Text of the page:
Back to Basics
Tuesday, 29 October 2002
I've been thinking about national security lately - especially some of the criticisms that are floating around about ASIO spending too much money on high-tech surveillance and not enough on good solid grass-roots spying. As today is "Mutual Obligation Day", I suppose that it was only natural that my twisted mind should come up with yet another brilliant political initiative.
You probably know that those of us in the community who don't have salaried employment, financially viable businesses of our own or well-developed criminal proficiencies may be required to perform a range of Mutual Obligation activities to maintain our eligibility for our fortnightly stipend. It seems to me that gathering domestic intelligence could be added to the list of Centrelink approved activities, expanding our domestic intelligence gathering capabilities, at very little cost to the tax payer.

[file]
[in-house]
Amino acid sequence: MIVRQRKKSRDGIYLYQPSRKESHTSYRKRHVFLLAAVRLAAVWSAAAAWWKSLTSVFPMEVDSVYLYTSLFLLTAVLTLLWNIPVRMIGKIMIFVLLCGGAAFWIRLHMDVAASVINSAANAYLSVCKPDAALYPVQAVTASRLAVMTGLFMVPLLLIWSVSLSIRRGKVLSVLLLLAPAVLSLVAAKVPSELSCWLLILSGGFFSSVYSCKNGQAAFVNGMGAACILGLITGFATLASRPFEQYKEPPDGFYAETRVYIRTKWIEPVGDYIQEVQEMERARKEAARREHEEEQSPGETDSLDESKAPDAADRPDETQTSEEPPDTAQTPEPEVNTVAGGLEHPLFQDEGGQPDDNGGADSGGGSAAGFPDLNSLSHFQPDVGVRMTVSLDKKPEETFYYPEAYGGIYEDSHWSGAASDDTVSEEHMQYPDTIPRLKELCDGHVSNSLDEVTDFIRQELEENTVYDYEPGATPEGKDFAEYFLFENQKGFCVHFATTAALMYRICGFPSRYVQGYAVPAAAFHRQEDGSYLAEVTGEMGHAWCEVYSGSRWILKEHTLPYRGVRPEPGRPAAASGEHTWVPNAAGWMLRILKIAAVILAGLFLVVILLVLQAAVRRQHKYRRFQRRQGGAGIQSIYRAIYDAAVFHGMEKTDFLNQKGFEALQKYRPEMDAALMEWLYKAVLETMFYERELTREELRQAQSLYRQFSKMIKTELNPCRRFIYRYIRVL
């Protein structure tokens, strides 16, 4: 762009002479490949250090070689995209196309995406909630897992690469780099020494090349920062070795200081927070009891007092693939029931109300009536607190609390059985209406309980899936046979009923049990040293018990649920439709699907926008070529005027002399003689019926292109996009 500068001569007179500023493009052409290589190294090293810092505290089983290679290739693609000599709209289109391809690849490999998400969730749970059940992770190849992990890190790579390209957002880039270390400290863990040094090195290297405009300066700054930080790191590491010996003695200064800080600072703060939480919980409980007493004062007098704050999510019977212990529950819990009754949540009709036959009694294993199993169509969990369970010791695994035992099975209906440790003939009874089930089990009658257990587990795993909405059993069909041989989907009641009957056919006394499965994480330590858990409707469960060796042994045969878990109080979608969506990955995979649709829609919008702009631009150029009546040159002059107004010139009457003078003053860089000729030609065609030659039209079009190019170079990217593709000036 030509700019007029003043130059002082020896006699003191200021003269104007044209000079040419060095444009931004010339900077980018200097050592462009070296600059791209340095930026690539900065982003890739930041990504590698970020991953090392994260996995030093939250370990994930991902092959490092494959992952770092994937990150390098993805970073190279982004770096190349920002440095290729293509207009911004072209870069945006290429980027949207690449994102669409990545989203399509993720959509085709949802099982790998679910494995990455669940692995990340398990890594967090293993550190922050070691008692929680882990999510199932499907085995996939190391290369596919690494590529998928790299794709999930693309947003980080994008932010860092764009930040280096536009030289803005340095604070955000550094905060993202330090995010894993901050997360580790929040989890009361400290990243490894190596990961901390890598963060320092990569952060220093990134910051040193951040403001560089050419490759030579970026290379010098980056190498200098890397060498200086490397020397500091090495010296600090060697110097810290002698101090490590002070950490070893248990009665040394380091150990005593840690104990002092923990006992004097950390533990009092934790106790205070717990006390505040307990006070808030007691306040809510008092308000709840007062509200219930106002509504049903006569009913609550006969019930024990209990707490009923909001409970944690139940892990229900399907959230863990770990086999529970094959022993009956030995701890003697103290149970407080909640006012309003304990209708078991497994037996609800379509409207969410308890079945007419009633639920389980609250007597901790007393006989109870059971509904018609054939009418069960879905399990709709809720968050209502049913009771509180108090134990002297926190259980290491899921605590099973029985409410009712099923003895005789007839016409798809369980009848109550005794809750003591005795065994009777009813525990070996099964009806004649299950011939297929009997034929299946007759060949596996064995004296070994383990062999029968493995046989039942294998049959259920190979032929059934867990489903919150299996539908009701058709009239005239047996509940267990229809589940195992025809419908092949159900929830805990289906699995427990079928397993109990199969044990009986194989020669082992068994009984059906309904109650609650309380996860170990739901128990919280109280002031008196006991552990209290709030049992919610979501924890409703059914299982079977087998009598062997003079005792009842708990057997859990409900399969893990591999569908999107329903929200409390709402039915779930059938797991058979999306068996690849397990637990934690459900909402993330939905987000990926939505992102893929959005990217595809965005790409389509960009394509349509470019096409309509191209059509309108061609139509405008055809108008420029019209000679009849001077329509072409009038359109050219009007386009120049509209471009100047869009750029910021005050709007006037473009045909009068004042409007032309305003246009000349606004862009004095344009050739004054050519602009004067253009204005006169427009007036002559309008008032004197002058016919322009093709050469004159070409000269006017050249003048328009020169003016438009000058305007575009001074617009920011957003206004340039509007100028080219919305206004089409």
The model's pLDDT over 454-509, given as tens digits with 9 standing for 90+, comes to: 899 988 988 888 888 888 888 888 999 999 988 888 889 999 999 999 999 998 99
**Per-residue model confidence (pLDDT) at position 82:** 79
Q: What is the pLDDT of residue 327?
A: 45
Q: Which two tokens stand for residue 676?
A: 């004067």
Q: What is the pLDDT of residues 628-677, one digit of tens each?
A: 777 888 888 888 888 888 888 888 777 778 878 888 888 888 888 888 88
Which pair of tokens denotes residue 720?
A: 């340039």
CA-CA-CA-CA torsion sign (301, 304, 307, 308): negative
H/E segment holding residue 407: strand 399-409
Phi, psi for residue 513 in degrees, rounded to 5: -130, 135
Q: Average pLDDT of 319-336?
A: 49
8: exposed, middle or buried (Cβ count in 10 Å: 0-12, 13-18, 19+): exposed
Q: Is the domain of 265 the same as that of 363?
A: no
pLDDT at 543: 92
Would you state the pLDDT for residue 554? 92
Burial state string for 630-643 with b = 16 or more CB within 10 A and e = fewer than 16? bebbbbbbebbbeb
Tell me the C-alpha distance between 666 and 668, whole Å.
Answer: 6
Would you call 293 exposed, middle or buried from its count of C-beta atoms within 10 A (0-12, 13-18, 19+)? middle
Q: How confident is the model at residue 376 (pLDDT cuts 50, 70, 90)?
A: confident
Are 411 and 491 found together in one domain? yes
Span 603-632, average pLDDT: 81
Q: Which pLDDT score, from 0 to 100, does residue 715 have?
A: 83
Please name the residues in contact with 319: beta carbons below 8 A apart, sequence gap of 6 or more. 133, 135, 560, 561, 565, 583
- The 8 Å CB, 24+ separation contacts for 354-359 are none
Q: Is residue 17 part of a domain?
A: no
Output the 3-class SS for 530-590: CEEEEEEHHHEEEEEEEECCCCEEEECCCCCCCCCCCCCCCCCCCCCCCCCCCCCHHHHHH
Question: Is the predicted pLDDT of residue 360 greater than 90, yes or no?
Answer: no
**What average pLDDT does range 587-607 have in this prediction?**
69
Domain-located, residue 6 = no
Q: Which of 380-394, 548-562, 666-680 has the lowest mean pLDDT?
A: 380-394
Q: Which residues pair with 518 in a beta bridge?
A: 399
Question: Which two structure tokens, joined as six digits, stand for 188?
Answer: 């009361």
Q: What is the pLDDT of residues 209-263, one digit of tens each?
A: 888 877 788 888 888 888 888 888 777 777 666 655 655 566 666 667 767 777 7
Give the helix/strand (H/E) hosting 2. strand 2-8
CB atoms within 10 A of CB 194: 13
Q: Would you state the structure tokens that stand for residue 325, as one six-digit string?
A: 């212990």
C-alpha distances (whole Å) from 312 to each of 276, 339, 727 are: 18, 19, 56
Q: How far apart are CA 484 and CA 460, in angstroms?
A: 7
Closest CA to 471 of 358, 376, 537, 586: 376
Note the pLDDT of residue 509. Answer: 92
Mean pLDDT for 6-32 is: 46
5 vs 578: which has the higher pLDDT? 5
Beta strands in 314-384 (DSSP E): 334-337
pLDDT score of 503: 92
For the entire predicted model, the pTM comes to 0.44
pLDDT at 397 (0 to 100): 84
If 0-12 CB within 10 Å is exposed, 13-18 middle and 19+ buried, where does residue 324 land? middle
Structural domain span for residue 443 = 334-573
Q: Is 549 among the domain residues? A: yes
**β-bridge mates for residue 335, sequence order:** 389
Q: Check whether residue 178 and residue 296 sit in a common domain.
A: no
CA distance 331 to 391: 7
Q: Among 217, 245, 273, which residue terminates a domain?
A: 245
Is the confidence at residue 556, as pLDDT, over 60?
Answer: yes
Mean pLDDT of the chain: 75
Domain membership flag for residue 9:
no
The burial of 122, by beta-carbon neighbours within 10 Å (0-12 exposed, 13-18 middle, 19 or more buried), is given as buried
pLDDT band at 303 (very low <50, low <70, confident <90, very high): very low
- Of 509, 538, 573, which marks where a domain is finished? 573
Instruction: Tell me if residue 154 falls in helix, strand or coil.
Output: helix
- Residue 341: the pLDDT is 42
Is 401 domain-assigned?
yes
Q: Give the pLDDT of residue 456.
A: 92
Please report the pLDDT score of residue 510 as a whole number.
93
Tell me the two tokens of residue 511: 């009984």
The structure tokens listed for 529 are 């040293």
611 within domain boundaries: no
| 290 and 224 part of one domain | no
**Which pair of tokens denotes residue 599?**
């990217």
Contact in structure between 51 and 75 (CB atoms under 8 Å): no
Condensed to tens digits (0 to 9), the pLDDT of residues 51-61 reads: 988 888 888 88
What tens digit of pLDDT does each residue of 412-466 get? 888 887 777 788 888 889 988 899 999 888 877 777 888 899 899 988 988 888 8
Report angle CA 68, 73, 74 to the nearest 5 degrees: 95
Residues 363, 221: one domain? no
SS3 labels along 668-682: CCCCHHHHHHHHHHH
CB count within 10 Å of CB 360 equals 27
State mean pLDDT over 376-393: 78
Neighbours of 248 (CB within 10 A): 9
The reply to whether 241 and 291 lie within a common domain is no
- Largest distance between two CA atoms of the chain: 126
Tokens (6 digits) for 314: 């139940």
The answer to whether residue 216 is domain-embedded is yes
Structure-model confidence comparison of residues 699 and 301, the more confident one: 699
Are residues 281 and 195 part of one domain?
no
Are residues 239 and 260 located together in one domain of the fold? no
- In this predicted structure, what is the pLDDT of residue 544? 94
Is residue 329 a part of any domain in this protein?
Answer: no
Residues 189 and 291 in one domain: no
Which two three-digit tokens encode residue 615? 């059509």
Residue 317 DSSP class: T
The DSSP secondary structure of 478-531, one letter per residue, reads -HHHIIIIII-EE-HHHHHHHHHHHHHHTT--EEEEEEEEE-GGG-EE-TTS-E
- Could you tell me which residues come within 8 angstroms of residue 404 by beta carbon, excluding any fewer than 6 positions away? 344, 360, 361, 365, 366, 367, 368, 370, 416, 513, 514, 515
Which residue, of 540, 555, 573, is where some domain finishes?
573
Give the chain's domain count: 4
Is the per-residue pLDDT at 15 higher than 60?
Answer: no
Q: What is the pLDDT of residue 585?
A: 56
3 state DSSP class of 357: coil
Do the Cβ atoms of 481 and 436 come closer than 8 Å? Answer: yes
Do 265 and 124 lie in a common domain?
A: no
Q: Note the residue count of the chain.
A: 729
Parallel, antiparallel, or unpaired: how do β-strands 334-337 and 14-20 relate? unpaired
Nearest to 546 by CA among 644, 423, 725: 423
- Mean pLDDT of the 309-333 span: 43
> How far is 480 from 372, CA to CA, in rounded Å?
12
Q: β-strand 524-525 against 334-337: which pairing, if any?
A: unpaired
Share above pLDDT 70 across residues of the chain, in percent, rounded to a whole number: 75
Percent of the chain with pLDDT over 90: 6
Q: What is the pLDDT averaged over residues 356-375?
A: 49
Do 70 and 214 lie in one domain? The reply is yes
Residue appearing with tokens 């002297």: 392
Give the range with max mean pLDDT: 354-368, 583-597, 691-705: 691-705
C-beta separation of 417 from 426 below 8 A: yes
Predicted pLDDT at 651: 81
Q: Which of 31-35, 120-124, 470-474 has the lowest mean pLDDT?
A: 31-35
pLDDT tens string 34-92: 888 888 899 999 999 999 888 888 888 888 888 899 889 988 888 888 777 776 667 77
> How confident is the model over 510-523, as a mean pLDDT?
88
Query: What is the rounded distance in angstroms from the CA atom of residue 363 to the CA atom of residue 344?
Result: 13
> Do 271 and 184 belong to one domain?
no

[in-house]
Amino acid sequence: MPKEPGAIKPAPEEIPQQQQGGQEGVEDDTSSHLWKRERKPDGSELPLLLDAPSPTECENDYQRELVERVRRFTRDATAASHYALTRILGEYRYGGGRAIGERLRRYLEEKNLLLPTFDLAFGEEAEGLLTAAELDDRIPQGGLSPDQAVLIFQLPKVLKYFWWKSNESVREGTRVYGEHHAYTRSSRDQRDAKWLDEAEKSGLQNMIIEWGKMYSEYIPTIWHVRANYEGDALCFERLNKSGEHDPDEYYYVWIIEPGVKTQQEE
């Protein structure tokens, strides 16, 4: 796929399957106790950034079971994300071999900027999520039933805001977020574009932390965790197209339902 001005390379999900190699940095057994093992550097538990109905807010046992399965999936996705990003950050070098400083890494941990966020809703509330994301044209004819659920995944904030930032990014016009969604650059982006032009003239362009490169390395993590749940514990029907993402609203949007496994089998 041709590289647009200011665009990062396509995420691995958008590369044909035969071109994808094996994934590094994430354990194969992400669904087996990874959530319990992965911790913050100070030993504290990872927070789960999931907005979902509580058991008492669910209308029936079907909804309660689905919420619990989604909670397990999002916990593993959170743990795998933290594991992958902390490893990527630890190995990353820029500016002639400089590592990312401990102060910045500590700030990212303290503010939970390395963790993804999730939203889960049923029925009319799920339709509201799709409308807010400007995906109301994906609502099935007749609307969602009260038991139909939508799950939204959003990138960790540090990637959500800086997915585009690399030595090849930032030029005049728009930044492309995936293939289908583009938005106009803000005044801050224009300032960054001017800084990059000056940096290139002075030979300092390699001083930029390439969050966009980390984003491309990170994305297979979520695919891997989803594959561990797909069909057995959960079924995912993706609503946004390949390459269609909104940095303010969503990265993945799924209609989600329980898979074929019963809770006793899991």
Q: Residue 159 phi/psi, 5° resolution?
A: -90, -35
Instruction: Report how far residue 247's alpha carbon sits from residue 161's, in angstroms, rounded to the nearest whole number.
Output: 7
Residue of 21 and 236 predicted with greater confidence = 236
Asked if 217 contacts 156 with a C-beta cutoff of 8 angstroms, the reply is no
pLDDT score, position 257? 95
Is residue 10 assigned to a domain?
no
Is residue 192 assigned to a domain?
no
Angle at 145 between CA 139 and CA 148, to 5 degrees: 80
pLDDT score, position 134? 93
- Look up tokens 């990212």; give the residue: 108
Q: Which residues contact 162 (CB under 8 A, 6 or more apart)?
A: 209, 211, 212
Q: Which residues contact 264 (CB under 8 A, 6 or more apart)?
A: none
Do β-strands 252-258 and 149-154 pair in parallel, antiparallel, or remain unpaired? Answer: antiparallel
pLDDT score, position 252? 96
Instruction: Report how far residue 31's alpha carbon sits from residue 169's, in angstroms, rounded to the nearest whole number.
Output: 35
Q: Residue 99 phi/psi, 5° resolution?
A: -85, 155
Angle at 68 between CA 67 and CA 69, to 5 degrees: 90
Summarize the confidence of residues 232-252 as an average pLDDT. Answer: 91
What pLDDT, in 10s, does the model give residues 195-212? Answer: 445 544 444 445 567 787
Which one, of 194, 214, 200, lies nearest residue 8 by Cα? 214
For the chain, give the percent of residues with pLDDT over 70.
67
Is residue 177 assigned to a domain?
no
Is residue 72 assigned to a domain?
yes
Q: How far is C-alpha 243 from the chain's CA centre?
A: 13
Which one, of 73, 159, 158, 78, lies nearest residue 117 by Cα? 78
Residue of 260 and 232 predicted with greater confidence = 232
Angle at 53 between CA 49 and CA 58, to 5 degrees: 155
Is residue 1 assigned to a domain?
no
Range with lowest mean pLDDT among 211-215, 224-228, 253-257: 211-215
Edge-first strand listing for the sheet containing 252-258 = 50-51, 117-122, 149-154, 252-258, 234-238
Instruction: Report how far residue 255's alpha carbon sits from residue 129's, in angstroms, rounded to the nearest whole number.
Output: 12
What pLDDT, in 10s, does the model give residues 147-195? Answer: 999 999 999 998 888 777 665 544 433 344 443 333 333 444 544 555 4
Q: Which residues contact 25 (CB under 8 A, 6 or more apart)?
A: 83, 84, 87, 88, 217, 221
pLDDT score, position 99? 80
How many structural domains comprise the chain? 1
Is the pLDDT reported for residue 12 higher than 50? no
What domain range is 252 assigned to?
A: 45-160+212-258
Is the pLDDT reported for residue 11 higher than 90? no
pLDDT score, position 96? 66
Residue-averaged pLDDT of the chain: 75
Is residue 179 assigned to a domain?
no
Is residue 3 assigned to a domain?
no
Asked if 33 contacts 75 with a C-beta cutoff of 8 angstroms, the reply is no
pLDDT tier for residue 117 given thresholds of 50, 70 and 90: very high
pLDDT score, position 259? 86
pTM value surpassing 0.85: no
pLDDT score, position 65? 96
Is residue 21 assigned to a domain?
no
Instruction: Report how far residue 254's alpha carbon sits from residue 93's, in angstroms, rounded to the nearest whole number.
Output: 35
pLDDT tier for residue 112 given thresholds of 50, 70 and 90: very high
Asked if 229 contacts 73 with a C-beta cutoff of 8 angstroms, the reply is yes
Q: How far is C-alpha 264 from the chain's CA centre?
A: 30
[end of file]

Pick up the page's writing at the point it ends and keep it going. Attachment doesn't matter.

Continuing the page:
Most of the costs would be administrative - for example, Centrelink and ASIO would have to get together to design forms for reporting the intelligence gathered. It shouldn't be too difficult to design a simple diary, similar to the jobseeker diary, where participants in the "Spy for the Dole" scheme would record their incriminating observations of their friends and neighbours and any seditious remarks they might hear down at the local pub. Some additional funds might also be needed to provide training in the rudiments of spycraft, such as not standing too close to the glass when you're using the Zeiss 5X40s at your front window. Most of this stuff is pretty simple and a good half-hour training video is probably enough to put most of it across.
Let's face it, the threat of international mastermind islamo-fascist mega-terrorism isn't going to just disappear. It's up to all of us to do our bit in the global war against terrorism. This is a contribution every unemployed Australian should be proud to make.
For those who are interested, ASIO's annual report to Parliament is available (in PDF format) here.